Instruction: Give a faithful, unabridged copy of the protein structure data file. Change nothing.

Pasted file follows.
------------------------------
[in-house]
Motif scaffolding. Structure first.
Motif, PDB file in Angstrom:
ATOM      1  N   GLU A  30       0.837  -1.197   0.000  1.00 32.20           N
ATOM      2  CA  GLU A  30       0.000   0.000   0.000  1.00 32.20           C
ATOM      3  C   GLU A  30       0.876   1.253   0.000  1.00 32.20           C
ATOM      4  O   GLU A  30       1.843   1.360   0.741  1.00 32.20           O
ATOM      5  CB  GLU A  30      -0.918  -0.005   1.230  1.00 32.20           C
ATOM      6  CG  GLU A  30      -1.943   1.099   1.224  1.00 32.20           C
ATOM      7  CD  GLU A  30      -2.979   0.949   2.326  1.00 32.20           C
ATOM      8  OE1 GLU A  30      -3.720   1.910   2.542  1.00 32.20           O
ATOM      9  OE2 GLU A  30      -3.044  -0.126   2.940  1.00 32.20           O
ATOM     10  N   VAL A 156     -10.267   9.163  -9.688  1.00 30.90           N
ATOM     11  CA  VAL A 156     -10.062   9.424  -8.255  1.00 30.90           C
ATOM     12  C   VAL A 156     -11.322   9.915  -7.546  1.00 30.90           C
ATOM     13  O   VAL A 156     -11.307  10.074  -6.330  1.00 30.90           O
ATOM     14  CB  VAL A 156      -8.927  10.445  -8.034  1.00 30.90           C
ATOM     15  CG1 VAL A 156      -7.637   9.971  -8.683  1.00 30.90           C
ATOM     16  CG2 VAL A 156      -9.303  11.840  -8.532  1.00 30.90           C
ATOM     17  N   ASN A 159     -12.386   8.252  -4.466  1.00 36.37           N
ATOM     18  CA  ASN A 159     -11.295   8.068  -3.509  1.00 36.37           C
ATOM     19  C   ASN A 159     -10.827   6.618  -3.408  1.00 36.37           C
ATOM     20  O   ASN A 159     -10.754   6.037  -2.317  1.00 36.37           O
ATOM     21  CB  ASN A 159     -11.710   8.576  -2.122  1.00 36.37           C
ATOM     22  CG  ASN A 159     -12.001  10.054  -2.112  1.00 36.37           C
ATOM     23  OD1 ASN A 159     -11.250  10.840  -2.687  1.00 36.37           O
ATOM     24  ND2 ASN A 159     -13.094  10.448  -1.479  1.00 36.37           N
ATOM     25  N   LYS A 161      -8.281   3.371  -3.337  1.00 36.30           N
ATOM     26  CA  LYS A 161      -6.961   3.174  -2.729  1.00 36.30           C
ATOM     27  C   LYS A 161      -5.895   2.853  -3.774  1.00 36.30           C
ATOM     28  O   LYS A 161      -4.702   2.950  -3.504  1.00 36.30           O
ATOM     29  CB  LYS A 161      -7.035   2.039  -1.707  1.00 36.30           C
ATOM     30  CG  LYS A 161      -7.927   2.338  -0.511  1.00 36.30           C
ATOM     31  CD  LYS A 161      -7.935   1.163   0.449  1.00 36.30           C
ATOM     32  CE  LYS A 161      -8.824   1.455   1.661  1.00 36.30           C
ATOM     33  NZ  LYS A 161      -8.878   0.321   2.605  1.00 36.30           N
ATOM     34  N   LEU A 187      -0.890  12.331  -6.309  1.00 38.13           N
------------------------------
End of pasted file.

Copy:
[in-house]
Motif scaffolding. Structure first.
Motif, PDB file in Angstrom:
ATOM      1  N   GLU A  30       0.837  -1.197   0.000  1.00 32.20           N
ATOM      2  CA  GLU A  30       0.000   0.000   0.000  1.00 32.20           C
ATOM      3  C   GLU A  30       0.876   1.253   0.000  1.00 32.20           C
ATOM      4  O   GLU A  30       1.843   1.360   0.741  1.00 32.20           O
ATOM      5  CB  GLU A  30      -0.918  -0.005   1.230  1.00 32.20           C
ATOM      6  CG  GLU A  30      -1.943   1.099   1.224  1.00 32.20           C
ATOM      7  CD  GLU A  30      -2.979   0.949   2.326  1.00 32.20           C
ATOM      8  OE1 GLU A  30      -3.720   1.910   2.542  1.00 32.20           O
ATOM      9  OE2 GLU A  30      -3.044  -0.126   2.940  1.00 32.20           O
ATOM     10  N   VAL A 156     -10.267   9.163  -9.688  1.00 30.90           N
ATOM     11  CA  VAL A 156     -10.062   9.424  -8.255  1.00 30.90           C
ATOM     12  C   VAL A 156     -11.322   9.915  -7.546  1.00 30.90           C
ATOM     13  O   VAL A 156     -11.307  10.074  -6.330  1.00 30.90           O
ATOM     14  CB  VAL A 156      -8.927  10.445  -8.034  1.00 30.90           C
ATOM     15  CG1 VAL A 156      -7.637   9.971  -8.683  1.00 30.90           C
ATOM     16  CG2 VAL A 156      -9.303  11.840  -8.532  1.00 30.90           C
ATOM     17  N   ASN A 159     -12.386   8.252  -4.466  1.00 36.37           N
ATOM     18  CA  ASN A 159     -11.295   8.068  -3.509  1.00 36.37           C
ATOM     19  C   ASN A 159     -10.827   6.618  -3.408  1.00 36.37           C
ATOM     20  O   ASN A 159     -10.754   6.037  -2.317  1.00 36.37           O
ATOM     21  CB  ASN A 159     -11.710   8.576  -2.122  1.00 36.37           C
ATOM     22  CG  ASN A 159     -12.001  10.054  -2.112  1.00 36.37           C
ATOM     23  OD1 ASN A 159     -11.250  10.840  -2.687  1.00 36.37           O
ATOM     24  ND2 ASN A 159     -13.094  10.448  -1.479  1.00 36.37           N
ATOM     25  N   LYS A 161      -8.281   3.371  -3.337  1.00 36.30           N
ATOM     26  CA  LYS A 161      -6.961   3.174  -2.729  1.00 36.30           C
ATOM     27  C   LYS A 161      -5.895   2.853  -3.774  1.00 36.30           C
ATOM     28  O   LYS A 161      -4.702   2.950  -3.504  1.00 36.30           O
ATOM     29  CB  LYS A 161      -7.035   2.039  -1.707  1.00 36.30           C
ATOM     30  CG  LYS A 161      -7.927   2.338  -0.511  1.00 36.30           C
ATOM     31  CD  LYS A 161      -7.935   1.163   0.449  1.00 36.30           C
ATOM     32  CE  LYS A 161      -8.824   1.455   1.661  1.00 36.30           C
ATOM     33  NZ  LYS A 161      -8.878   0.321   2.605  1.00 36.30           N
ATOM     34  N   LEU A 187      -0.890  12.331  -6.309  1.00 38.13           N